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Failure to ‘commit to cycling’ may limit Tour de France legacy aims, claims Boardman

Chris Boardman Photo by Bryn Lennon/Getty Images

Chris Boardman Photo by Bryn Lennon/Getty Images

The chance to create a cycling legacy through the Tour de France could be wasted if Government refuses to commit long-term funding, Olympic legend Chris Boardman has warned.

With less than 100 days until the Grand Depart begins in Yorkshire on July 5, Boardman, who is policy advisor to British Cycling (BC), believes the Government is yet to recognise cycling as a “grown up form of transport” and is treating its future as a “charity” by giving short-term lump sums without long-term assurances.

He claims transport chiefs refused to set targets for increasing cycling in the UK, or to commit any long-term funds to improving cycling safety when he presented BC’s ChooseCycling manifesto to the Commons Transport Select Committee in February.

When asked if Le Tour could be a missed opportunity to spark a cycling legacy in Britain, he said: “It’s quite possible. If there is no action you can’t expect a reaction – you have got to do something if you want change.

“It’s fundamental, it’s culture change. Cycling and walking are often not the easiest solution and while that’s the case people will choose otherwise to get around.”

He said the Government is failing to back up the Prime Minister’s words that funding would start a “cycling revolution”, as its lack of commitment “doesn’t give the local authorities confidence to support and invest”.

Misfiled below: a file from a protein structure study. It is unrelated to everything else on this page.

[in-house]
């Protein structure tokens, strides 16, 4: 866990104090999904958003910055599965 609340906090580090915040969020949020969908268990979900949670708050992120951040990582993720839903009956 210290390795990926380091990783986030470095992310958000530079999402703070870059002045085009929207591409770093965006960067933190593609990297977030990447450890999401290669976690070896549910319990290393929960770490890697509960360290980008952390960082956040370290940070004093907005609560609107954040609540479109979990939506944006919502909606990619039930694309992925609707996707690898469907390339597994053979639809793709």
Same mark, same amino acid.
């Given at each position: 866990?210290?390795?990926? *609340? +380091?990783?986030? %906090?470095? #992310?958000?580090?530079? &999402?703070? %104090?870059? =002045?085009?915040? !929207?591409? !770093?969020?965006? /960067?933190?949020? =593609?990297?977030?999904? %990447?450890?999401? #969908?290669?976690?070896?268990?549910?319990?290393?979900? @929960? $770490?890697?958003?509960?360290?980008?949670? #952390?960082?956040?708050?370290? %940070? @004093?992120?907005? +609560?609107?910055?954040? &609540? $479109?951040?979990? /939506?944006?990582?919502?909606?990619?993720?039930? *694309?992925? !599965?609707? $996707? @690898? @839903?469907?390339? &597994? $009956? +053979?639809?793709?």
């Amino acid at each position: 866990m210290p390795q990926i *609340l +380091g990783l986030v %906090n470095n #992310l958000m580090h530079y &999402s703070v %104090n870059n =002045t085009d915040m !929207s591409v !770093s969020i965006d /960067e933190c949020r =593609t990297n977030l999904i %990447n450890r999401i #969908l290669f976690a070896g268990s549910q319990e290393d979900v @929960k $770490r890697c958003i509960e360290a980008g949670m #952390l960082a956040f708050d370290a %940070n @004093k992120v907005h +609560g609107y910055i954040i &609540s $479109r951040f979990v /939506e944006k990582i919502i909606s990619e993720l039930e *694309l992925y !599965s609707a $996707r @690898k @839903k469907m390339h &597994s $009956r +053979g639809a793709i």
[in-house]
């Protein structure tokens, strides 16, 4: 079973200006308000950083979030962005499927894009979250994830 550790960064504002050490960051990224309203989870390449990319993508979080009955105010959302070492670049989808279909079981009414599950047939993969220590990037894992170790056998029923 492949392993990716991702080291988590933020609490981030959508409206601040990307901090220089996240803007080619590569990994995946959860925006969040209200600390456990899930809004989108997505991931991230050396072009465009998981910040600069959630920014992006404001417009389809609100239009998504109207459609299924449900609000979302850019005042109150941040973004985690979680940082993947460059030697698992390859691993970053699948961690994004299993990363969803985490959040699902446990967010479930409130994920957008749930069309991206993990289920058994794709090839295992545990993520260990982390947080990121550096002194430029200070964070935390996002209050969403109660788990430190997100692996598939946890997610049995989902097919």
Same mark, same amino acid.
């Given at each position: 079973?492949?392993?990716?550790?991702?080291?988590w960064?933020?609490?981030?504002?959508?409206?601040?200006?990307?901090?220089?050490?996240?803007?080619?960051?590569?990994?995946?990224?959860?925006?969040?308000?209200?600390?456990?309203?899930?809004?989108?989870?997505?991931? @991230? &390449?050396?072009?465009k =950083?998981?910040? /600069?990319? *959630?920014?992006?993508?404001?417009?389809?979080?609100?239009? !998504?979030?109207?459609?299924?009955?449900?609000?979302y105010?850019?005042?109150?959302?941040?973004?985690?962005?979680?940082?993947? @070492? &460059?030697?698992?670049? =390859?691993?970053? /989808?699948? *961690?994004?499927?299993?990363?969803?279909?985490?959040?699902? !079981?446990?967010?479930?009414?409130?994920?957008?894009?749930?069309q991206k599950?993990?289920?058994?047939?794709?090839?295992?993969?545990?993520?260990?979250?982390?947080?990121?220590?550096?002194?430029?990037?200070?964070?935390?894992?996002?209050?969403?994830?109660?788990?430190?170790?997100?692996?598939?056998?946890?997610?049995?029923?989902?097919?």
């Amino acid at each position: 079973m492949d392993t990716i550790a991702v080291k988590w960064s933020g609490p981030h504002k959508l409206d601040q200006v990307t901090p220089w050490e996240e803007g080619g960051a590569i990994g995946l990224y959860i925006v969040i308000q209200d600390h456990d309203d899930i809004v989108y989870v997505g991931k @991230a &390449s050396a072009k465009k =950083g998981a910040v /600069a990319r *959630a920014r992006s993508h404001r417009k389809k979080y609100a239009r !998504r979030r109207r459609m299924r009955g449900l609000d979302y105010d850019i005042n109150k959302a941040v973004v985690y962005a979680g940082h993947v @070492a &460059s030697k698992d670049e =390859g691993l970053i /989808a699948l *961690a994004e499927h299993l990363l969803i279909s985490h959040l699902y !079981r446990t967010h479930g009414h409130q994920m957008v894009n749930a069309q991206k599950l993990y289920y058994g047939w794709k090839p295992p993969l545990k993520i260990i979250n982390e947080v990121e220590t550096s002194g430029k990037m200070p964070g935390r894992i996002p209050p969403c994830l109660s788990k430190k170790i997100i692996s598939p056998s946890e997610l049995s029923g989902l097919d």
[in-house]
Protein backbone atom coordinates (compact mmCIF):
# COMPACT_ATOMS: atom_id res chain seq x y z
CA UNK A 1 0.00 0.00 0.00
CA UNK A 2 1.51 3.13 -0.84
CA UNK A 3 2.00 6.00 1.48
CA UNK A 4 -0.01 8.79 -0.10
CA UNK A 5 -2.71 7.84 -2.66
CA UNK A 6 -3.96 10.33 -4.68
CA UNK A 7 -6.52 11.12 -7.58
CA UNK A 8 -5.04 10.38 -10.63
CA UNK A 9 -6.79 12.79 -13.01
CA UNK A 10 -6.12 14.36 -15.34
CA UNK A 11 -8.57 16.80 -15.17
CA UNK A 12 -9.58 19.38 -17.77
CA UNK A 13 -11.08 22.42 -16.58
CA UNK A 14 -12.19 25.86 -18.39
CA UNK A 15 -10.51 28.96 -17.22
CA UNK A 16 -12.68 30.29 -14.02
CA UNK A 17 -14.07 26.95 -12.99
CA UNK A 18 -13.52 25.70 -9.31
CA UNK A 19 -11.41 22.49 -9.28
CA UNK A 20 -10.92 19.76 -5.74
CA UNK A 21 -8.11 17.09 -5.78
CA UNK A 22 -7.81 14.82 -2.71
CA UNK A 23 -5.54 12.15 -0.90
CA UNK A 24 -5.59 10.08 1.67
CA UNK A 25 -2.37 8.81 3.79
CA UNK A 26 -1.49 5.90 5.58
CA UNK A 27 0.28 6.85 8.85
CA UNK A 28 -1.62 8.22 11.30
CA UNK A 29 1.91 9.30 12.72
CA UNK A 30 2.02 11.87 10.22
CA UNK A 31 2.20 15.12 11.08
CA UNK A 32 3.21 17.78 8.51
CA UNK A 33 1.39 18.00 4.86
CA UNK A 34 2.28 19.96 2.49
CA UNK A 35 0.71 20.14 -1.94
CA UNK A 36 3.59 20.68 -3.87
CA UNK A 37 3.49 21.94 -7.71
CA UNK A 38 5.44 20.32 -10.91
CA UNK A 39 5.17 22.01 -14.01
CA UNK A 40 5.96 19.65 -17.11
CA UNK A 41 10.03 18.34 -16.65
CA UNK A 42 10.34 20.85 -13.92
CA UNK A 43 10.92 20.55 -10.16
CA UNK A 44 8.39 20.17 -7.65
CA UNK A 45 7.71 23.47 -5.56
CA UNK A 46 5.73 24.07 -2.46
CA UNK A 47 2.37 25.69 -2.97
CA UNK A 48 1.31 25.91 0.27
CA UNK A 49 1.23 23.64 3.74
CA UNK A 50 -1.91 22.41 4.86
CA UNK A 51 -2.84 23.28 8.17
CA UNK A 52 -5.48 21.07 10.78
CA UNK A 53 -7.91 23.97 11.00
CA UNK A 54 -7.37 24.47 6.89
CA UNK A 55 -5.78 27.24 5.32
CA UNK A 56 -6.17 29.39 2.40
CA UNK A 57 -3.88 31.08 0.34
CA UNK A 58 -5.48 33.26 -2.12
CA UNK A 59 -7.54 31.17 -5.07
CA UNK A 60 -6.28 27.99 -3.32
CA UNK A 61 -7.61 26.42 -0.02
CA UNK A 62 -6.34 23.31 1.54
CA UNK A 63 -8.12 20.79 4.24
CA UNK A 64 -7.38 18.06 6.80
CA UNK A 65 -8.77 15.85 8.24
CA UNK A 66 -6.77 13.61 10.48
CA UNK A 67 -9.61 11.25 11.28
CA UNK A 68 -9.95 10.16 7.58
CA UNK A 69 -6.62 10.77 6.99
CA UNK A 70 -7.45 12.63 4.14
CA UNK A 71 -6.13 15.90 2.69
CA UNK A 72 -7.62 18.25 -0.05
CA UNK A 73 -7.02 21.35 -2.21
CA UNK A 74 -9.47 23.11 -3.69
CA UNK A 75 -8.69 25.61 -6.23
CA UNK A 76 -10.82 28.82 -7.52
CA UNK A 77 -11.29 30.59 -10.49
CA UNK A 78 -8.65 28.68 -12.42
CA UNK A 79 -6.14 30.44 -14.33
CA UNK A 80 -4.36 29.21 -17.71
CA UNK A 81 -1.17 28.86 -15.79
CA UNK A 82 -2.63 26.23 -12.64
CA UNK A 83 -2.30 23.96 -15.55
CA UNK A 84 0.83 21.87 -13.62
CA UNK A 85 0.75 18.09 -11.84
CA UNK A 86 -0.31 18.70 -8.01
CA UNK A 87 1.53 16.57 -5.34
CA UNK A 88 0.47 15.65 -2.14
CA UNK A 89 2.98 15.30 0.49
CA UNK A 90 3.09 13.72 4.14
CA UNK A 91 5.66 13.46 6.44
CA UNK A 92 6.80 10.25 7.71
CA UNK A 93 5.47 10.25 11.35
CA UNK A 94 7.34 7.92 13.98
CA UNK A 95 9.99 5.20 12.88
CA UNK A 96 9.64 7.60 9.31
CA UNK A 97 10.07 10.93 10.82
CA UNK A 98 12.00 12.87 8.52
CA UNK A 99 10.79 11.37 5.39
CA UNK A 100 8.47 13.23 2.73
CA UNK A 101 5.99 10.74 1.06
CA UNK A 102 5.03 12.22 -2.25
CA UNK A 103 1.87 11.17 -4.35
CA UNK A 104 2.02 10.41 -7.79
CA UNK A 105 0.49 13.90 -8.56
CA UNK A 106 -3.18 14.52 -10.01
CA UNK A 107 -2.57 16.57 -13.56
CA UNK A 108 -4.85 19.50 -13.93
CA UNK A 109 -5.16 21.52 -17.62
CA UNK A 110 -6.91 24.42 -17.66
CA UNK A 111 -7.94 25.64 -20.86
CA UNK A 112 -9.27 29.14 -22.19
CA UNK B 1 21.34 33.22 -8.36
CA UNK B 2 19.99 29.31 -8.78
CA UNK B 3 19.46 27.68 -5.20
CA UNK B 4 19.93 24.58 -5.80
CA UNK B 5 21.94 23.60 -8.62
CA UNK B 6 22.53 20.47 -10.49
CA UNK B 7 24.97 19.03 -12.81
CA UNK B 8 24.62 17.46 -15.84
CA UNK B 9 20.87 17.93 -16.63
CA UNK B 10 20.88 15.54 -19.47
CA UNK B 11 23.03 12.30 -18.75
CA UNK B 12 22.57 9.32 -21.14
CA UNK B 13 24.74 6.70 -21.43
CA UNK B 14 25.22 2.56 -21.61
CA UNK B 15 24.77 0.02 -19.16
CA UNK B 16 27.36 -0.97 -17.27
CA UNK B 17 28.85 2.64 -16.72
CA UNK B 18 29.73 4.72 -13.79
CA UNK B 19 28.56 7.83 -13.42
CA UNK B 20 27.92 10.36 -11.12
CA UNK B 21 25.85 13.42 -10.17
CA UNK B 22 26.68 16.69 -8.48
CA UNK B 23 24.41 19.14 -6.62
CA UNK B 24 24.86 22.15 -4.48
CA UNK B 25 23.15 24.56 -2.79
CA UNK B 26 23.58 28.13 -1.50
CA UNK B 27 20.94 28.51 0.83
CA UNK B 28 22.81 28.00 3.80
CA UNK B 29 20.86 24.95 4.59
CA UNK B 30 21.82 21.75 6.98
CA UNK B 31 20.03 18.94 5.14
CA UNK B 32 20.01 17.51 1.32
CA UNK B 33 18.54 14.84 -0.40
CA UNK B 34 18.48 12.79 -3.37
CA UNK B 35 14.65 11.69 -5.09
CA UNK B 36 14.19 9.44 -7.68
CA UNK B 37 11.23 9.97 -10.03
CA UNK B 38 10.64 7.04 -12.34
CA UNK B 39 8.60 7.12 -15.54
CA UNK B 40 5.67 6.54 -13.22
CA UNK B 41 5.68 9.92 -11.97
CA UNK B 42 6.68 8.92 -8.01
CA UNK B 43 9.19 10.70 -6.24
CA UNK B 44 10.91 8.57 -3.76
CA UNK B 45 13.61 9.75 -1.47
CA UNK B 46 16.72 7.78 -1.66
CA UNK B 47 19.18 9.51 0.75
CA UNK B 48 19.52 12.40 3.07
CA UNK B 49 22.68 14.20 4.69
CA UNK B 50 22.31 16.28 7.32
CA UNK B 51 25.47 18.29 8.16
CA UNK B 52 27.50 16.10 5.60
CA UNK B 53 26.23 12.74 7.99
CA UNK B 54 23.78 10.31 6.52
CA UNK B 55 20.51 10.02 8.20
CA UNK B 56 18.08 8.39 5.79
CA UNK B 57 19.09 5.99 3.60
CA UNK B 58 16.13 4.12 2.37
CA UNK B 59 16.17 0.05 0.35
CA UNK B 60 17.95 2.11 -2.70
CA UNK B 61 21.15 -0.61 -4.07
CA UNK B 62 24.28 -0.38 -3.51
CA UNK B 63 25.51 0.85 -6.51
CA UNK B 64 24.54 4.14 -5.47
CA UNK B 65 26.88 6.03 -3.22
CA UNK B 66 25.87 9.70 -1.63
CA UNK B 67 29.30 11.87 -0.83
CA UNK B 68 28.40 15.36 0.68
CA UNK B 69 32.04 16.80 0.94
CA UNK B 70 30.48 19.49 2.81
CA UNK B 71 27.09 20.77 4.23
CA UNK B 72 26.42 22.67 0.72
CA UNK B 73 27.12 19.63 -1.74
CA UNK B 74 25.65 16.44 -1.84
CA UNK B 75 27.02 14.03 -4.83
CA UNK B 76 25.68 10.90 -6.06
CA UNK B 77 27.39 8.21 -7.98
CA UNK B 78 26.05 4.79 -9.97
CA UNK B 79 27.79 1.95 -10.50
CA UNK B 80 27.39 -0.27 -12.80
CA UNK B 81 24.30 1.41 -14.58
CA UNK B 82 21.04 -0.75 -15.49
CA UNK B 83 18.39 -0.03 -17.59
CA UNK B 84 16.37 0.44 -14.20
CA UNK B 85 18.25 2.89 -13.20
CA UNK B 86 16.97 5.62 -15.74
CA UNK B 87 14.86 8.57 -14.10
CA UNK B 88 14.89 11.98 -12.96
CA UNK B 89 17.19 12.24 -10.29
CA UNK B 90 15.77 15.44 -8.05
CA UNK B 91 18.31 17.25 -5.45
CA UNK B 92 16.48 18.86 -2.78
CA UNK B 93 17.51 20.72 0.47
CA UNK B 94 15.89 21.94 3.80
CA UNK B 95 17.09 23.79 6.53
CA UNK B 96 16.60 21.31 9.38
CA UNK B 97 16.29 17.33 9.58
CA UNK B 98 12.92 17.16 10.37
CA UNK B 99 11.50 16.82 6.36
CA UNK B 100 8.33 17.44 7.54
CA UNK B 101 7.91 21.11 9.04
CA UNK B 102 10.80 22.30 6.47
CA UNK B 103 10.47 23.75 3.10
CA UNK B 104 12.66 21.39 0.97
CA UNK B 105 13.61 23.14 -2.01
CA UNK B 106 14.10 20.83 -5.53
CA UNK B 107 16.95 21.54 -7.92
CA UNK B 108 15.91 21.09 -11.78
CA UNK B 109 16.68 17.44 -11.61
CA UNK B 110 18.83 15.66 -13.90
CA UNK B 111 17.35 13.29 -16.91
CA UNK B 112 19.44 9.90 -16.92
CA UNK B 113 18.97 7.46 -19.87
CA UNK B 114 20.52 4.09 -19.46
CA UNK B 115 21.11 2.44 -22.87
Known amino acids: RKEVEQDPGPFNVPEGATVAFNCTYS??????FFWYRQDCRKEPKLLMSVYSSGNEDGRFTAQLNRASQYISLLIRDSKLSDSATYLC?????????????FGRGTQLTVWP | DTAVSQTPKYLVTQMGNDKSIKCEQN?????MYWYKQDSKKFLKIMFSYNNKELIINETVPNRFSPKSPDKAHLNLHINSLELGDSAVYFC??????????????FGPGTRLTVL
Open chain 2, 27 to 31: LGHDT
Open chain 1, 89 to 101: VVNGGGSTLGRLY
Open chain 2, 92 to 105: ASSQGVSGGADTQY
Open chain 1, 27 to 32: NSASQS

Boardman said cycling in Yorkshire has decreased over the past 10 years, while Leeds has seen a recent increase as it has invested in infrastructure.

The ChooseCycling plan highlighted Cambridge University research, which found the NHS would save £250m-a-year if just one in 10 journeys nationally were made by bicycle. It urged Government to treat the sport more seriously through increasing spending to £10 per head to ensure 10 per cent of trips were made by bike by 2025.

He said: “The Government have given me no indication to be confident at all. At the moment cycling is not being treated as a grown up form of transport.

“There is no standing order, it is a lump of cash and in two years time they might not give another lump of cash.” He added: “Bringing the Tour de France to Britain just gives us a real shop window and if you can link up that commitment behind it we can revolutionise transport in the UK.”

A Department for Transport spokesman said: “Getting people to use bikes is an absolute priority for this Government and that is why we have already invested £278m in cycling.”

He said the Government has made a commitment to “cycle-proof our strategic road network” and it hopes local authorities will do the same.

 

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